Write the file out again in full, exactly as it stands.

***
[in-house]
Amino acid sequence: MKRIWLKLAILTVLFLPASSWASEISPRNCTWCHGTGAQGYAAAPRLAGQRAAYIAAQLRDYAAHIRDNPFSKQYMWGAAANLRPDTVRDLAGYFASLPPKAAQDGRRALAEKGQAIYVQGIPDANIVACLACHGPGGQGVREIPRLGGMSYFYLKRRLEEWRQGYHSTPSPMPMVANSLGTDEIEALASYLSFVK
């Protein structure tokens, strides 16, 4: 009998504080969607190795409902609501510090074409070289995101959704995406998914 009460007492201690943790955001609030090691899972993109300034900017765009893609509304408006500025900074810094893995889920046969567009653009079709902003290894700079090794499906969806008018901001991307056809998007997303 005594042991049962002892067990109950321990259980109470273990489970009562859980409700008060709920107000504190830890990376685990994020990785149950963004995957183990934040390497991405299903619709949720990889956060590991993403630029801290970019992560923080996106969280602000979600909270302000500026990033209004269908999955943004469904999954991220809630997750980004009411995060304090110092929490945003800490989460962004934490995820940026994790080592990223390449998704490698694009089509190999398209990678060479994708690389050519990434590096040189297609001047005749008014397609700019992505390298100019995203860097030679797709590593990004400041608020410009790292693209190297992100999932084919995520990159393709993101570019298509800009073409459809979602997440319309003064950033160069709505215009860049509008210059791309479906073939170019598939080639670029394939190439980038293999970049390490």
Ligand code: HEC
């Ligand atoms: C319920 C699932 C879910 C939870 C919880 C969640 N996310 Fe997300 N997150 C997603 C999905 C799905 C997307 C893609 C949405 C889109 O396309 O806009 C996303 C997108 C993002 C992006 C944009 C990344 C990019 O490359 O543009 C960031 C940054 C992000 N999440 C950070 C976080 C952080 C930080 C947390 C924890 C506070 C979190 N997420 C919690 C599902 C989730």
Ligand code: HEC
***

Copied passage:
[in-house]
Amino acid sequence: MKRIWLKLAILTVLFLPASSWASEISPRNCTWCHGTGAQGYAAAPRLAGQRAAYIAAQLRDYAAHIRDNPFSKQYMWGAAANLRPDTVRDLAGYFASLPPKAAQDGRRALAEKGQAIYVQGIPDANIVACLACHGPGGQGVREIPRLGGMSYFYLKRRLEEWRQGYHSTPSPMPMVANSLGTDEIEALASYLSFVK
């Protein structure tokens, strides 16, 4: 009998504080969607190795409902609501510090074409070289995101959704995406998914 009460007492201690943790955001609030090691899972993109300034900017765009893609509304408006500025900074810094893995889920046969567009653009079709902003290894700079090794499906969806008018901001991307056809998007997303 005594042991049962002892067990109950321990259980109470273990489970009562859980409700008060709920107000504190830890990376685990994020990785149950963004995957183990934040390497991405299903619709949720990889956060590991993403630029801290970019992560923080996106969280602000979600909270302000500026990033209004269908999955943004469904999954991220809630997750980004009411995060304090110092929490945003800490989460962004934490995820940026994790080592990223390449998704490698694009089509190999398209990678060479994708690389050519990434590096040189297609001047005749008014397609700019992505390298100019995203860097030679797709590593990004400041608020410009790292693209190297992100999932084919995520990159393709993101570019298509800009073409459809979602997440319309003064950033160069709505215009860049509008210059791309479906073939170019598939080639670029394939190439980038293999970049390490």
Ligand code: HEC
């Ligand atoms: C319920 C699932 C879910 C939870 C919880 C969640 N996310 Fe997300 N997150 C997603 C999905 C799905 C997307 C893609 C949405 C889109 O396309 O806009 C996303 C997108 C993002 C992006 C944009 C990344 C990019 O490359 O543009 C960031 C940054 C992000 N999440 C950070 C976080 C952080 C930080 C947390 C924890 C506070 C979190 N997420 C919690 C599902 C989730």
Ligand code: HEC